Philo Vance — “The Ivory Murder Case”

Philo Vance (1943-45, 1945, 1946-52) aired “The Ivory Murder Case” on March 28, 1950. The number of total episodes is unknown due to the lack of  information on the 1943-45 run, though a good estimate combining the other two runs comes close to 120, though numbers vary. This is but the fifth episode of this well received program we have presented since 2018, the last being in September of 2020. For newcomers and for those needing to refresh their memories, we reprise (with minor variation) the initial background information.

The character of detective Philo Vance was the brainchild of S. S. Van Dine (pseudonym of Willard Huntington Wright, 1888-1939, photo top right). Wright would pen 12 Philo Vance novels between 1926 and 1939, the first of which was The Benson Murder Case (1926) and the last being The Winter Murder Case which he finished shortly before his death in April of 1939. Vance was very much in the mold of the “gentleman detective” or what would come to be known as the “soft-boiled” variety of detective. He has much in common with Sherlock Holmes and Nero Wolfe in that he was in possession of a giant intellect, though his arrogance and aloofness surpassed that of the former detectives and put many off. As Wright himself wrote of his character (via Van Dine) in The Benson Murder Case: “Vance was what many would call a dilettante, but the designation does him an injustice. He was a man of unusual culture and brilliance. An aristocrat by birth and instinct, he held himself severely aloof from the common world of men. In his manner there was an indefinable contempt for inferiority of all kinds. The great majority of those with whom he came in contact regarded him as a snob. Yet there was in his condescension and disdain no trace of spuriousness. His snobbishness was intellectual as well as social. He detested stupidity even more, I believe, than he did vulgarity or bad taste. I have heard him on several occasions quote Fouché’s famous line: C’est plus qu’un crime; c’est une faute. And he meant it literally.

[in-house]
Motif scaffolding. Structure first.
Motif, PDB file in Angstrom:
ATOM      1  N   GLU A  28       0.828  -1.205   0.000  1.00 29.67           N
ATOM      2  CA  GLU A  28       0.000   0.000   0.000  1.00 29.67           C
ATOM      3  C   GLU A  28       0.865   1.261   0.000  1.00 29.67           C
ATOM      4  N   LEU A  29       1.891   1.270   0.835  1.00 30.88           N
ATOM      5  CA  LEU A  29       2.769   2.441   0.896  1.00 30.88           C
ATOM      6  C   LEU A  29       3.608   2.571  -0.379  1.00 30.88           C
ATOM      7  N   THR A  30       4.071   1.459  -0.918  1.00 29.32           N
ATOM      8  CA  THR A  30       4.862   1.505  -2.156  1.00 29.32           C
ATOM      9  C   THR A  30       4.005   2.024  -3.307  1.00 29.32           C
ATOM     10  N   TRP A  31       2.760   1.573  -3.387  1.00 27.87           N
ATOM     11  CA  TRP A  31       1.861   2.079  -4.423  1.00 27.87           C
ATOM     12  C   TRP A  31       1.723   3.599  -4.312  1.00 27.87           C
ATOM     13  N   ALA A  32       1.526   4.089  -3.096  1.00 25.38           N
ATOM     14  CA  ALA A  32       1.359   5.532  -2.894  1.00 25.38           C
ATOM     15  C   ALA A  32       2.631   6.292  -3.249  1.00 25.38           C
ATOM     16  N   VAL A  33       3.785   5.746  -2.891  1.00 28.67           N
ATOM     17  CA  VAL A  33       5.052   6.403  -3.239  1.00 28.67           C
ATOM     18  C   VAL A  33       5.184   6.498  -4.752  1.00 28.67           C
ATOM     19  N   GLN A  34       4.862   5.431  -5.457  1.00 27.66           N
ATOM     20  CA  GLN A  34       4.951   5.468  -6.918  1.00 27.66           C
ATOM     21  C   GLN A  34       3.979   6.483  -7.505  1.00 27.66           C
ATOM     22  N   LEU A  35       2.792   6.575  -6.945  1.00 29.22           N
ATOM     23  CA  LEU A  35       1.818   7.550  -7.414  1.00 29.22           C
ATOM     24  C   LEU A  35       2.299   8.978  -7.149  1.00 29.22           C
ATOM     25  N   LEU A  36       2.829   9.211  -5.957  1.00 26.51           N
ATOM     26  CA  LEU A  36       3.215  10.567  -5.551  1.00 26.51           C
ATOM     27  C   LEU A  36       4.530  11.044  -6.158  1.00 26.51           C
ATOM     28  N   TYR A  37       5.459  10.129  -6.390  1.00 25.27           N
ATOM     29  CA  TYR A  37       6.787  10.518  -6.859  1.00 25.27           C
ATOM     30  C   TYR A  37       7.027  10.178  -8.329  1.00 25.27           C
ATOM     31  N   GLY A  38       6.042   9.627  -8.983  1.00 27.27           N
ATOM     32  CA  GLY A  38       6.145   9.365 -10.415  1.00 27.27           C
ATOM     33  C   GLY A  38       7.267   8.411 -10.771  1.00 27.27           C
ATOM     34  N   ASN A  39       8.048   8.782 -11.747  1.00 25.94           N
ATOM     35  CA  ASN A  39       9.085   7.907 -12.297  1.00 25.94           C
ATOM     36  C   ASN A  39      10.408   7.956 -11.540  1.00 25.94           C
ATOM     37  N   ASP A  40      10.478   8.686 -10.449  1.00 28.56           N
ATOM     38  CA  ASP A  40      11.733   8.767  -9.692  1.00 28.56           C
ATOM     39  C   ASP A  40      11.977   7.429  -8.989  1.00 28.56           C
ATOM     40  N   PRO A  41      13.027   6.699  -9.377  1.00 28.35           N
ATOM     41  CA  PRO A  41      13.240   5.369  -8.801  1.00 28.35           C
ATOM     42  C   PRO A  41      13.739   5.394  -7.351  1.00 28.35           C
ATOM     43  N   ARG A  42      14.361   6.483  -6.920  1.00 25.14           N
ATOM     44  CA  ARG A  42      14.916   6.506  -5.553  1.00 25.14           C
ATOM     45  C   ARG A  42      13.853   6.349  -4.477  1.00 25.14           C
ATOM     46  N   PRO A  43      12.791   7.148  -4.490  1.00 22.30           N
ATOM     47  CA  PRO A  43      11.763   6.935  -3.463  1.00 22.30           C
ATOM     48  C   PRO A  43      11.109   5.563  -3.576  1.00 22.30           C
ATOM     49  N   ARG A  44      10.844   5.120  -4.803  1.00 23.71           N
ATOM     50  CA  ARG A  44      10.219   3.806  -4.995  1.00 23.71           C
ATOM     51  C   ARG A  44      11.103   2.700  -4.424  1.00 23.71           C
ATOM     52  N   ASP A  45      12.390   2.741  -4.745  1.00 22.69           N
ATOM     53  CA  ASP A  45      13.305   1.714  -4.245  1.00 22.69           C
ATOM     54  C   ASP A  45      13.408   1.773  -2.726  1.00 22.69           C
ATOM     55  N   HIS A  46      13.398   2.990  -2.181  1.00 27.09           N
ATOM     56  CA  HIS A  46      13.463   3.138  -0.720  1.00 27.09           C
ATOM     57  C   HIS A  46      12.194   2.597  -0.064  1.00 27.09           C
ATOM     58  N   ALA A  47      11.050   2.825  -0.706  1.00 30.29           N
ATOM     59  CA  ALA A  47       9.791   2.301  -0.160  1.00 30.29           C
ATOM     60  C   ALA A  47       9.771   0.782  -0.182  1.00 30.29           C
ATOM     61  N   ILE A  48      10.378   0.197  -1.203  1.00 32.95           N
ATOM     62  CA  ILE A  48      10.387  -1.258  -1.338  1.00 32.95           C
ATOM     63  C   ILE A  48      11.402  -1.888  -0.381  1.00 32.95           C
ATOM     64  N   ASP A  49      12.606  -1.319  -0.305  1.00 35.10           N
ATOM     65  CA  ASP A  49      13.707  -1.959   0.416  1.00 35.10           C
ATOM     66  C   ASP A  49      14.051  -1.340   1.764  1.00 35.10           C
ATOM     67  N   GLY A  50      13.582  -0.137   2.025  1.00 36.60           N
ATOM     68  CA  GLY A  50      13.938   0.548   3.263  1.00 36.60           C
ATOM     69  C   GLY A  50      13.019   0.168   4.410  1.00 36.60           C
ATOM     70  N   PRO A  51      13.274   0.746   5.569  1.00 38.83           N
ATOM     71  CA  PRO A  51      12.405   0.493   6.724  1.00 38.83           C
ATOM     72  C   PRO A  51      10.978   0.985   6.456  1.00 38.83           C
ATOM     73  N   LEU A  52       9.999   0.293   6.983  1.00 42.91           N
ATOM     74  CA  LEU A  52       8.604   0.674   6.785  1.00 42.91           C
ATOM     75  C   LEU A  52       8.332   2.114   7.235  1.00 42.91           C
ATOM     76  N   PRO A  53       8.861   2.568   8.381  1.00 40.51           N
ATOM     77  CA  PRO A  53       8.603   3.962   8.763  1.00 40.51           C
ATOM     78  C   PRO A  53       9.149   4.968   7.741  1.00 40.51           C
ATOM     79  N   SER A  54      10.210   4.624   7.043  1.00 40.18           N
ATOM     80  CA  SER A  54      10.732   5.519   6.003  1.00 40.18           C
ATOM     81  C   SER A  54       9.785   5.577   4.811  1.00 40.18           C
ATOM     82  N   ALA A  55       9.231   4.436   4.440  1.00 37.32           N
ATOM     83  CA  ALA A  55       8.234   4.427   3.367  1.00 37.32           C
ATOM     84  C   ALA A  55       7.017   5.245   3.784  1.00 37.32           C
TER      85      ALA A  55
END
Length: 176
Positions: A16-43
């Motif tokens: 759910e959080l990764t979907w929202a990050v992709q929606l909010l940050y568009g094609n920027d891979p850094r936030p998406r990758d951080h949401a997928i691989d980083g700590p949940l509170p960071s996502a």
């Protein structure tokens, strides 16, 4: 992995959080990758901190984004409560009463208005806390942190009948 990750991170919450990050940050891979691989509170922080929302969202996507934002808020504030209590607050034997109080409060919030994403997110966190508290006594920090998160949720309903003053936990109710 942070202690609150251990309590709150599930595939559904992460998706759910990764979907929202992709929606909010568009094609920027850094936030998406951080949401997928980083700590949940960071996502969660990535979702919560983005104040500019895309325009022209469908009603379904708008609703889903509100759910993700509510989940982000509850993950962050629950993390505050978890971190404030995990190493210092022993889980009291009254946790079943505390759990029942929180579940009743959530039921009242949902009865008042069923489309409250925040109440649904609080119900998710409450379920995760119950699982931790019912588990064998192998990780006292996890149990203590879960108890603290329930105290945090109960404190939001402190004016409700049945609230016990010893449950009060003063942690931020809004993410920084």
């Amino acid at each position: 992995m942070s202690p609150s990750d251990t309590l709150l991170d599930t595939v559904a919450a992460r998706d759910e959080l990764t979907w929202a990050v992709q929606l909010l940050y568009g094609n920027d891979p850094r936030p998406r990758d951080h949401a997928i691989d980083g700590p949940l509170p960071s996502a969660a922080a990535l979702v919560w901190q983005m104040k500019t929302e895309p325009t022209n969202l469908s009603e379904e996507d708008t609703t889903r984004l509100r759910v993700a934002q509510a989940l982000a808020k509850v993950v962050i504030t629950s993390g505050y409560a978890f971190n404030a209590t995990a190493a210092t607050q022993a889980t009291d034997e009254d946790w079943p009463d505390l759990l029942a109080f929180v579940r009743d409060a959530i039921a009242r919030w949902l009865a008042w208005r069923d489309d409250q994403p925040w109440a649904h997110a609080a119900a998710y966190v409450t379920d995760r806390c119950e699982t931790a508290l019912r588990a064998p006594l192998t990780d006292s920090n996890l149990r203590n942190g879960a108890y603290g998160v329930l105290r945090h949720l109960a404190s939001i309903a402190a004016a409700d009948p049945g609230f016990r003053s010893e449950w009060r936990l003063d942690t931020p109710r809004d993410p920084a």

“Vance was frankly a cynic, but he was rarely bitter; his was a flippant, Juvenalian cynicism. Perhaps he may best be described as a bored and supercilious, but highly conscious and penetrating, spectator of life. He was keenly interested in all human reactions; but it was the interest of the scientist, not the humanitarian.

“Vance’s knowledge of psychology was indeed uncanny. He was gifted with an instinctively accurate judgement of people, and his study and reading had coordinated and rationalized this gift to an amazing extent. He was well grounded in the academic principles of psychology, and all his courses at college had either centered about this subject or been subordinated to it…

“He had reconnoitered the whole field of cultural endeavor. He had courses in the history of religions, the Greek classics, biology, civics, and political economy, philosophy, anthropology, literature, theoretical, and experimental psychology, and ancient and modern languages. But it was, I think, his courses under Münsterberg and William James that interested him the most.”

Unfortunately (or fortunately as is your preference), the radio and film portrayals of Vance toned down his aloof disdain for the common man and made him more likable for audiences. Speaking of the films, there were a dozen adapted from 1929 through 1940. There were a trio of later films made in 1947 but they had nothing to do with the novels and little relationship to the Vance character. Of the first five films (two in 1929, two in 1930–one being The Benson Murder Case, and the fifth in 1933) William Powell starred in four, while future Sherlock Holmes film star of the 1940s, Basil Rathbone, starred in the fourth (The Bishop Murder Case, 1930). The final Powell role as Vance came with 1933’s The Kennel Murder Case. Such was Powell’s popularity and connection with the movie-going audience that in 1934, barely a year later, he would co-star with Myrna Loy in the first of the classic films adapted from Dashiell Hammett’s The Thin Man detective novels and stories.